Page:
Friday, December 11, 2009
Golf legend Tiger Woods has gotten an injunction from an English court prohibiting publication of nude photographs in the media, assuming such photographs exist. His lawyers are not admitting that such pictures do exist, nor under what circumstances they might have been snapped. Here's more from CNN World News. Here's a link to a letter from Mr. Woods' attorneys and a copy of the injunction issued by the Court (courtesy of TMZ.com).
Judge Tells Jon Gosselin To Stop Making Media Appearances, Making Comments About "Jon & Kate Plus 8"
Granting the preliminary injunction that TLC requested in the matter, a judge has told Jon Gosselin to cease making media appearances unless they are unpaid and must stop making public comments about the show without permission. Mr. Gosselin was not in the courtroom for the hearing. The case goes to trial in the spring. Read more here.
Thursday, December 10, 2009
Wednesday, December 9, 2009
One goal of the American Recovery and Reinvestment Act of 2009 (“ARRA”) is to provide all Americans with access to affordable broadband services, particularly to those Americans living in rural markets where demand and cost conditions do not favor network deployment. At the same time, there is growing support for regulations that may effectively force network operators to “invest their way out” of congestion rather than manage traffic to improve network efficiency and quality. In this BULLETIN, we demonstrate that such rules are likely to affect disproportionately networks located in rural areas or smaller networks in urban markets given the cost disadvantages faced by such firms. Since these markets are a central target of both the ARRA’s stimulus funding and required National Broadband Plan, the imposition of strong “network management” provisions are likely to result in lower quality service and less availability in rural areas and potentially reduce competition in urban areas, as well as to reduce the effectiveness of stimulus grants and other subsidies. Further, we present some evidence indicating an elastic response of subsidy levels to increases in costs resulting from such regulations; specifically, a 1% increase in deployment costs arising from regulation increases the subsidy required for ubiquitous coverage by nearly 2%. Accordingly, policymakers seeking to expand quickly and efficiently broadband availability in rural markets should carefully and explicitly compare the benefits and costs from network management regulatory mandates, with a particular eye on disproportionate effects across market types.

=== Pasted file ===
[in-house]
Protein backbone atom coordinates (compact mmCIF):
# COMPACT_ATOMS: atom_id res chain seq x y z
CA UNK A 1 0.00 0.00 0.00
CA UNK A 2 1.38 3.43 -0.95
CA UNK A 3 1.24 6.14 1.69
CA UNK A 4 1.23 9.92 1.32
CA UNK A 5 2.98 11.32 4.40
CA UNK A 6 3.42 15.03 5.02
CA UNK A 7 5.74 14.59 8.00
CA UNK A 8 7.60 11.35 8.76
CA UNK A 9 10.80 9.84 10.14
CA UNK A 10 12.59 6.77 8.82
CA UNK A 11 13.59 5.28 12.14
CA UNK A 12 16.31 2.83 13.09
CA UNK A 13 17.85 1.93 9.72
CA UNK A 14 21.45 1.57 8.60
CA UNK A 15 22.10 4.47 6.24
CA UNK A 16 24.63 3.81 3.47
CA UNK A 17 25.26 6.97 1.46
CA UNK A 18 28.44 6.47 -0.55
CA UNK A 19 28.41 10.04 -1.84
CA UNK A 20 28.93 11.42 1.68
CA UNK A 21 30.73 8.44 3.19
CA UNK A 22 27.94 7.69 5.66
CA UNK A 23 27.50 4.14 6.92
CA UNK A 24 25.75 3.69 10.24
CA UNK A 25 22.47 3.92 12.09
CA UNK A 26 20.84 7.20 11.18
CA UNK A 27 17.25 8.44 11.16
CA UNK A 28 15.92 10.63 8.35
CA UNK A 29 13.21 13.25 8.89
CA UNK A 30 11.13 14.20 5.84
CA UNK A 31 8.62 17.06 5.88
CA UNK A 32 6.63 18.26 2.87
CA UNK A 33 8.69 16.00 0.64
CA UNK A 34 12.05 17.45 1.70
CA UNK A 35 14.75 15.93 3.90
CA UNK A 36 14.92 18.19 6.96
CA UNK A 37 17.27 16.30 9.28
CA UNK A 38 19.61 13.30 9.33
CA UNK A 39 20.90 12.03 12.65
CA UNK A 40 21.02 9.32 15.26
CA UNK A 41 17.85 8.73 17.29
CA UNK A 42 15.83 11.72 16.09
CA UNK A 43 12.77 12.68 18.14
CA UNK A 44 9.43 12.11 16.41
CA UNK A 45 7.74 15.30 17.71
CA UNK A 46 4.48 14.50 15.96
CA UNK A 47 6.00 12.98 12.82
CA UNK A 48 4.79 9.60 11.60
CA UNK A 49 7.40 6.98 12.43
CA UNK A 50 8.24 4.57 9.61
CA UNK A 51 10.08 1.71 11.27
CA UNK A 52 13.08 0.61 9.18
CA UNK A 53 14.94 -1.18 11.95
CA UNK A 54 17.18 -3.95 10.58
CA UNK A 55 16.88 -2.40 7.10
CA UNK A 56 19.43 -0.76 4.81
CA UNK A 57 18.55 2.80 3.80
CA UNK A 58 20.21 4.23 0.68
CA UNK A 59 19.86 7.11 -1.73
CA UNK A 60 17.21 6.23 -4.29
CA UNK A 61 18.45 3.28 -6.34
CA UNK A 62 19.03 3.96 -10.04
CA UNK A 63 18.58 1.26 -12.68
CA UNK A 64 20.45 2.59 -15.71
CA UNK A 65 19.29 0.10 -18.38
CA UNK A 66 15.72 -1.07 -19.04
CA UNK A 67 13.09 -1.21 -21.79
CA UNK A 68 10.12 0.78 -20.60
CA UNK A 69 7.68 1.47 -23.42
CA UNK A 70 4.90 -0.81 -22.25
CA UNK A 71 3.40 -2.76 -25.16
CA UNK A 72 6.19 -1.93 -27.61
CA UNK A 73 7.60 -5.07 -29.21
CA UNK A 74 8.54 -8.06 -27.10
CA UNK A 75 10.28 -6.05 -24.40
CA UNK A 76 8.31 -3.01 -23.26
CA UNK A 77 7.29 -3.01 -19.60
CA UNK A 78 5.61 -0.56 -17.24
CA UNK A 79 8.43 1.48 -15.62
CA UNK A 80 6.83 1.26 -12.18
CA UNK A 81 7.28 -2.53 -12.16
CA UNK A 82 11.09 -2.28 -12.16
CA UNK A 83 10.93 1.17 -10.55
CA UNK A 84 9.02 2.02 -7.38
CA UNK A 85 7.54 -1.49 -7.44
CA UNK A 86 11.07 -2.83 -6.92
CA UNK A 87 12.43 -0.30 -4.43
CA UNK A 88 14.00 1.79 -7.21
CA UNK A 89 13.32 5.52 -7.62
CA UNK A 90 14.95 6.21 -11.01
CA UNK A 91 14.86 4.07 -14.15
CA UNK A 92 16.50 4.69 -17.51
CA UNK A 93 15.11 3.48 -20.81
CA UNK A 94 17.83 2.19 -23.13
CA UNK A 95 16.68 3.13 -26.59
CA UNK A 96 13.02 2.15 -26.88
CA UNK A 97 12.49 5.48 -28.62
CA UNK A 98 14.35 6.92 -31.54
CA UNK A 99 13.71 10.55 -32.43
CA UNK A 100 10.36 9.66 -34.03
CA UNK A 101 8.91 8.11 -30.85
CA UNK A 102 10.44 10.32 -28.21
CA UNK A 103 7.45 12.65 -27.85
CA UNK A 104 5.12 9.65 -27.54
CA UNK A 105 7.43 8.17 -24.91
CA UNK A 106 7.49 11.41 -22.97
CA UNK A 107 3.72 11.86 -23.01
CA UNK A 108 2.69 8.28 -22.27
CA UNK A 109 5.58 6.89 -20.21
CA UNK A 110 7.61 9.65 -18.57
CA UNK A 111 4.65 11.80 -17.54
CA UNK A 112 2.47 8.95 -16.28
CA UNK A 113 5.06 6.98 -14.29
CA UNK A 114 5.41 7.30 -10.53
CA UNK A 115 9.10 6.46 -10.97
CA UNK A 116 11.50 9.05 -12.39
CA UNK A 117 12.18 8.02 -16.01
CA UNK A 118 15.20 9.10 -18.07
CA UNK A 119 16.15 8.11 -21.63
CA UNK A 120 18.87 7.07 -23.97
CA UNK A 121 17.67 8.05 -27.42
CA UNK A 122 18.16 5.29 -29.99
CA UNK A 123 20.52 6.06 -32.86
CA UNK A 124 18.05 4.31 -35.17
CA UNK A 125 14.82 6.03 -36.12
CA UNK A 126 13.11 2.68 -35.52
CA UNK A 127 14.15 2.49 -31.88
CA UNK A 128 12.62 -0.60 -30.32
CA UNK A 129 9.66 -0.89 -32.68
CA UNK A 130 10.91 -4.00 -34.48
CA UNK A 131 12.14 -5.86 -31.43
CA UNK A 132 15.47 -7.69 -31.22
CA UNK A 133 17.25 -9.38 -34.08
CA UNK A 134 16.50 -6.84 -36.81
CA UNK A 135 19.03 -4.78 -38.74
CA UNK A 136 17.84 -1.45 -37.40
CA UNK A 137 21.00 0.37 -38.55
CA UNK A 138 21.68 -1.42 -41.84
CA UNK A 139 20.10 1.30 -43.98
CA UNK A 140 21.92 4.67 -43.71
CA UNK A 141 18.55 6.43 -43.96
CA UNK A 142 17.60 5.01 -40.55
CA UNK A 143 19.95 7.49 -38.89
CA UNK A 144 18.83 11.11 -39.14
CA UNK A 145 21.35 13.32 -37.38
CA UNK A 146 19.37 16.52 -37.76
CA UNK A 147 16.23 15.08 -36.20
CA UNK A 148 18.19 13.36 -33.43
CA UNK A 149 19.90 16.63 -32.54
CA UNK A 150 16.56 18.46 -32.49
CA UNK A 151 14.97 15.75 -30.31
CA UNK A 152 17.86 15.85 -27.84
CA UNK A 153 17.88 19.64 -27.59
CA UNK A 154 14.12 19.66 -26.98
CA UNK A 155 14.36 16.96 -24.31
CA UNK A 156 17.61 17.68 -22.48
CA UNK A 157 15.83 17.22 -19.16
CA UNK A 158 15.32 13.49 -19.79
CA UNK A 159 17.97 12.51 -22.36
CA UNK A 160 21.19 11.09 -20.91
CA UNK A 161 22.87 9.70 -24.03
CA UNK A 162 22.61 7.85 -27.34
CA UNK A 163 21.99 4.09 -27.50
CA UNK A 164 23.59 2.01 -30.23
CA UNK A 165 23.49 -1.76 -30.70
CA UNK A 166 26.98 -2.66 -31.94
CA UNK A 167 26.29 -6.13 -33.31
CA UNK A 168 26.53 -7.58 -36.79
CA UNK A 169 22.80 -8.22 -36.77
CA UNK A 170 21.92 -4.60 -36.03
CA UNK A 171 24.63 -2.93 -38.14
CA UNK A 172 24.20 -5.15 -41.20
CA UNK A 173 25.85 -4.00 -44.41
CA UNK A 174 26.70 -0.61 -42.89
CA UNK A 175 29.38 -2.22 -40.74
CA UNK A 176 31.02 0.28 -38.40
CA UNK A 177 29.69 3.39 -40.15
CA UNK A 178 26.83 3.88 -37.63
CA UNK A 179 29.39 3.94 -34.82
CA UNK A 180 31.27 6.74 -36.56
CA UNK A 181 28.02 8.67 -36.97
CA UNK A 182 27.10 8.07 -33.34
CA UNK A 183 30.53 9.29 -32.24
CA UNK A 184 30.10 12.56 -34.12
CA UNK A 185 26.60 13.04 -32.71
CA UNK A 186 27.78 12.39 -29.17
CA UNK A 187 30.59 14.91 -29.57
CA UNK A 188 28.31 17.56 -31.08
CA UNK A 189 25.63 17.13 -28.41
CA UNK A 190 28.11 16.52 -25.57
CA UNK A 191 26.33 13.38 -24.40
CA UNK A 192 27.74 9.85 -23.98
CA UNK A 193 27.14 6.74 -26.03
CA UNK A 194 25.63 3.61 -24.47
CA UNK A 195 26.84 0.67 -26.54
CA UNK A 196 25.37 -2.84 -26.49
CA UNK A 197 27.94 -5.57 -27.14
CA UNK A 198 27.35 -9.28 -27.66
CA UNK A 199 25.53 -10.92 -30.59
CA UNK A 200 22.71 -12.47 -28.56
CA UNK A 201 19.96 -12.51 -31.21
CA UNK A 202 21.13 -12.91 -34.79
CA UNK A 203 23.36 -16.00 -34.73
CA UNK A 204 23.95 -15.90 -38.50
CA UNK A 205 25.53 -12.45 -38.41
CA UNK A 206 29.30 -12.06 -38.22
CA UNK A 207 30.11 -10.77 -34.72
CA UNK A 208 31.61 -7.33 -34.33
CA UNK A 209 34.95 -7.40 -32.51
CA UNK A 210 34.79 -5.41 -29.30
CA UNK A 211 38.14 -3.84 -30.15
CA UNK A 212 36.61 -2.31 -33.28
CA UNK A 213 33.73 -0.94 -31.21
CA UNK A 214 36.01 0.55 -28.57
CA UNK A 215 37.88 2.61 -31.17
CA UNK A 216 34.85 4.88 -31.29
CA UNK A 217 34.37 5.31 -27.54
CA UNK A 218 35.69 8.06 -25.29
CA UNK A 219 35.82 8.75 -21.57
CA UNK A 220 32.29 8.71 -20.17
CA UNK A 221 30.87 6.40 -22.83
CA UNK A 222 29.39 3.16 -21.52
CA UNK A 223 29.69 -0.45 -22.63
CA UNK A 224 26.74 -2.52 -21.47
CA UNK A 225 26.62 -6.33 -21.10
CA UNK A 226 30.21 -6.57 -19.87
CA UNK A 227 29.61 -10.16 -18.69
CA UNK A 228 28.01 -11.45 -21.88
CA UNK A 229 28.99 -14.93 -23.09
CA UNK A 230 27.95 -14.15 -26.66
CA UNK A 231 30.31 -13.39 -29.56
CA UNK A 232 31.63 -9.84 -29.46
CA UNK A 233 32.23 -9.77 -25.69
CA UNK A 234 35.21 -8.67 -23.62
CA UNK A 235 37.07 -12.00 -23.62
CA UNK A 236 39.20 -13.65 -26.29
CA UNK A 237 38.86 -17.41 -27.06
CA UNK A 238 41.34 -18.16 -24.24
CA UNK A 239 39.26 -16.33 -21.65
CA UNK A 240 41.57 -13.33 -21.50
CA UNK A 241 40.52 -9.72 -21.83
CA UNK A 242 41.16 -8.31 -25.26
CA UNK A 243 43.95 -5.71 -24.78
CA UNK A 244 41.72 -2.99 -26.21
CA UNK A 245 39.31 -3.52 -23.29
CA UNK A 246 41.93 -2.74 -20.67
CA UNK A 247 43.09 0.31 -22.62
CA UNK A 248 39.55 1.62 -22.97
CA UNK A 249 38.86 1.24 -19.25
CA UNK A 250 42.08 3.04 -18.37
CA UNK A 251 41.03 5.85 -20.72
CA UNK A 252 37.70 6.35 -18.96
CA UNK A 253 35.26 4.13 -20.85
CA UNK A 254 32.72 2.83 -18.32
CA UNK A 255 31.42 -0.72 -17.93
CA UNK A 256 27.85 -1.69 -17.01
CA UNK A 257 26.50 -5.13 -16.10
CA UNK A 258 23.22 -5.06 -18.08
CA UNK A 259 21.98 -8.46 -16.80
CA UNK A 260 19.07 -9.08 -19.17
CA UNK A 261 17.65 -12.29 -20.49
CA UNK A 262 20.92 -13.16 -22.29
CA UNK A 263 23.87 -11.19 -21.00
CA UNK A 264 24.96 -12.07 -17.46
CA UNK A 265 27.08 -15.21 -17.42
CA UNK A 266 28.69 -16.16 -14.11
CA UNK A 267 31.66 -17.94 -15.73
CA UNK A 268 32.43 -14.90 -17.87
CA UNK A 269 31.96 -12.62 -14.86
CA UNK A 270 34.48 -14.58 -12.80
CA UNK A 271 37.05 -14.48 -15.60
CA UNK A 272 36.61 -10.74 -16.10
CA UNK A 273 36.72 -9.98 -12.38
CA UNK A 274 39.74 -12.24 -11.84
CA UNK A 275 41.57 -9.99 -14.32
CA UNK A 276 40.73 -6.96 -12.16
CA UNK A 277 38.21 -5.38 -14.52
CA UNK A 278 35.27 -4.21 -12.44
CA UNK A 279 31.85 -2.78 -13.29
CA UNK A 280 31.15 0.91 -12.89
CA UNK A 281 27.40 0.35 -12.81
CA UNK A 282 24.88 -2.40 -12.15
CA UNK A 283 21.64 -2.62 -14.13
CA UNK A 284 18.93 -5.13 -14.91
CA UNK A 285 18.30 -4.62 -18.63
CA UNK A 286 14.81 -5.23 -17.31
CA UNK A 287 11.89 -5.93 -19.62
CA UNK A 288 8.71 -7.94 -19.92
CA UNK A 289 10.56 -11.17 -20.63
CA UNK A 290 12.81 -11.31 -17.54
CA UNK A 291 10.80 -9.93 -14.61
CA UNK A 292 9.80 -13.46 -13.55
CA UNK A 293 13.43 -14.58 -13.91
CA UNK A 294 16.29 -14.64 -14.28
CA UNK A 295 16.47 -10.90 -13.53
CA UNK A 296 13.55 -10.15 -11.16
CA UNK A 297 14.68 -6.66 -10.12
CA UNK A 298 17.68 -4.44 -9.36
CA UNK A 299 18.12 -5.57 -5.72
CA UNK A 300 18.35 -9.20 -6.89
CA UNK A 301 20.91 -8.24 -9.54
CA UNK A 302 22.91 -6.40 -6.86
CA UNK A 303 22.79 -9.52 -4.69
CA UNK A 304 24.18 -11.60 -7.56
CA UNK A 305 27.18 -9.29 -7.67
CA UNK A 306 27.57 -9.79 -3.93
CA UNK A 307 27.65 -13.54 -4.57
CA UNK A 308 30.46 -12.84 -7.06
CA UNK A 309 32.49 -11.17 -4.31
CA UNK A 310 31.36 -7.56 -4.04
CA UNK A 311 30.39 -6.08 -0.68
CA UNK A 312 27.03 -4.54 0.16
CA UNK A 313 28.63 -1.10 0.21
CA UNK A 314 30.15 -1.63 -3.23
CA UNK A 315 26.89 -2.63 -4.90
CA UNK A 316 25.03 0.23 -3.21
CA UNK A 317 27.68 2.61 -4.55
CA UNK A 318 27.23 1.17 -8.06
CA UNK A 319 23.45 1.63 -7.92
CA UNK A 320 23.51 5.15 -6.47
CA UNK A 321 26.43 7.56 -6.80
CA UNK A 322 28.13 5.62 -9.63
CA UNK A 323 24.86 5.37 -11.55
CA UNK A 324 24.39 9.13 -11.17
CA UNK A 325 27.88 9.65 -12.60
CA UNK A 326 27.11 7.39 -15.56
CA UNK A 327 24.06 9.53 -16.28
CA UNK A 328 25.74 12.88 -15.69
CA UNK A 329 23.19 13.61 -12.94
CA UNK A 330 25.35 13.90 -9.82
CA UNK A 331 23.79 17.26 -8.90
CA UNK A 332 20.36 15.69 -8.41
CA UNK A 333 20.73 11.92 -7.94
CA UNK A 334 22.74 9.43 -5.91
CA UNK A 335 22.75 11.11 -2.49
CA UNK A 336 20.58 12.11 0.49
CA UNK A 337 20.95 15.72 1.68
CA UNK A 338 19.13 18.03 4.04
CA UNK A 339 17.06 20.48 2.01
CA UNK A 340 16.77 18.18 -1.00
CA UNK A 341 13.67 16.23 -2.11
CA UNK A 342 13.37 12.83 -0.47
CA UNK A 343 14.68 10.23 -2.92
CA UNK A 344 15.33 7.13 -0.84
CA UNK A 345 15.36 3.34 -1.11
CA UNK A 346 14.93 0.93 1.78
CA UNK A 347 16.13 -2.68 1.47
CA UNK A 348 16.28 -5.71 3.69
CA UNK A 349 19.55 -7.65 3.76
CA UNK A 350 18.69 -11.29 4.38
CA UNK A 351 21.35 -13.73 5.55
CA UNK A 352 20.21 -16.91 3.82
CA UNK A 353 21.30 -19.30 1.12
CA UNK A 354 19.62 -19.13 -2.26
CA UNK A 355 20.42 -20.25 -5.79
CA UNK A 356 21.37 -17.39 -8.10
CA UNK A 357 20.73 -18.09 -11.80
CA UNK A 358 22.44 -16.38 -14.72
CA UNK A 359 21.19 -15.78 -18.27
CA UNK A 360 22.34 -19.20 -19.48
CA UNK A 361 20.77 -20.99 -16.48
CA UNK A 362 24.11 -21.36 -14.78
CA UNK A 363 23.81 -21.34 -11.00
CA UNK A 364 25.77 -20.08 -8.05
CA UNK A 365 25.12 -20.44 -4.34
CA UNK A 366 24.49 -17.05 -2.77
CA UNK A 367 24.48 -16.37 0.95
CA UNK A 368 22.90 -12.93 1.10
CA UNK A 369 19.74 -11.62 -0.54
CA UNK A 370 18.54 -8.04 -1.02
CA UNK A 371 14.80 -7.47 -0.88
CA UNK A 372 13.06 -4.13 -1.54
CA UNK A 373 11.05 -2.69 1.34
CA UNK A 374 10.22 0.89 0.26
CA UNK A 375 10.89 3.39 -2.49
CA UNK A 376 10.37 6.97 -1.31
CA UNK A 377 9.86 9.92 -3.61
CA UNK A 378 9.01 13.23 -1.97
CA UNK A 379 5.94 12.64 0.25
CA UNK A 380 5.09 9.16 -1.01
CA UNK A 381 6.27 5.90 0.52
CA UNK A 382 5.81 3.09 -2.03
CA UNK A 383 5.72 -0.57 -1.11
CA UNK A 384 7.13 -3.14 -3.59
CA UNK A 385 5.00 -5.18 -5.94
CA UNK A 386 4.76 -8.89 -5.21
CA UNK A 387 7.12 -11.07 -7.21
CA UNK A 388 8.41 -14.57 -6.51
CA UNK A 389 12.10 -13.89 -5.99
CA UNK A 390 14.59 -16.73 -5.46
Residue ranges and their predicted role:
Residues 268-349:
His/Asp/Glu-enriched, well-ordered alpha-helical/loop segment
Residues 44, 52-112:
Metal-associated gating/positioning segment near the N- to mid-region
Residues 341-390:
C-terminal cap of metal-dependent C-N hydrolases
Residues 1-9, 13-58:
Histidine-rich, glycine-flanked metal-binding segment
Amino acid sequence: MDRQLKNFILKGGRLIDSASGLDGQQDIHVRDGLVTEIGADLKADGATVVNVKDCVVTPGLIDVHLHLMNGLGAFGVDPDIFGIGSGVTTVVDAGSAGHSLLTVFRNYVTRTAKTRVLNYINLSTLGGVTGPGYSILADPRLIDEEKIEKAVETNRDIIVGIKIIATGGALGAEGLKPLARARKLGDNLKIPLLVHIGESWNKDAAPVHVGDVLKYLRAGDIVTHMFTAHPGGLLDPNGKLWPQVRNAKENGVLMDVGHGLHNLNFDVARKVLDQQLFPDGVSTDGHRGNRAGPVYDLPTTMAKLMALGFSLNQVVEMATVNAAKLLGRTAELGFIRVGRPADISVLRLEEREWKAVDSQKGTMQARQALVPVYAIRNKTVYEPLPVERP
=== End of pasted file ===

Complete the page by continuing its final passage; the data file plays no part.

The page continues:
In this essay prepared in celebration of Judge Frank Easterbrook’s 25th year on the bench, I focus on what copyright students learn from him. Three of his dozen or so copyright opinions turn up repeatedly in copyright casebooks: Nash v. CBS, Inc.; Lee v. A.R.T. Co.; and ProCD, Inc. v. Zeidenberg. This is a surprising success rate for a judge from the copyright-starved 7th Circuit. Judge Easterbrook has an eye for fundamental questions, writes opinions that are brief while treating issues fully and has a distinctively lively Easterbrookian style, one that he preserves by refusing to outsource his opinions to his clerks.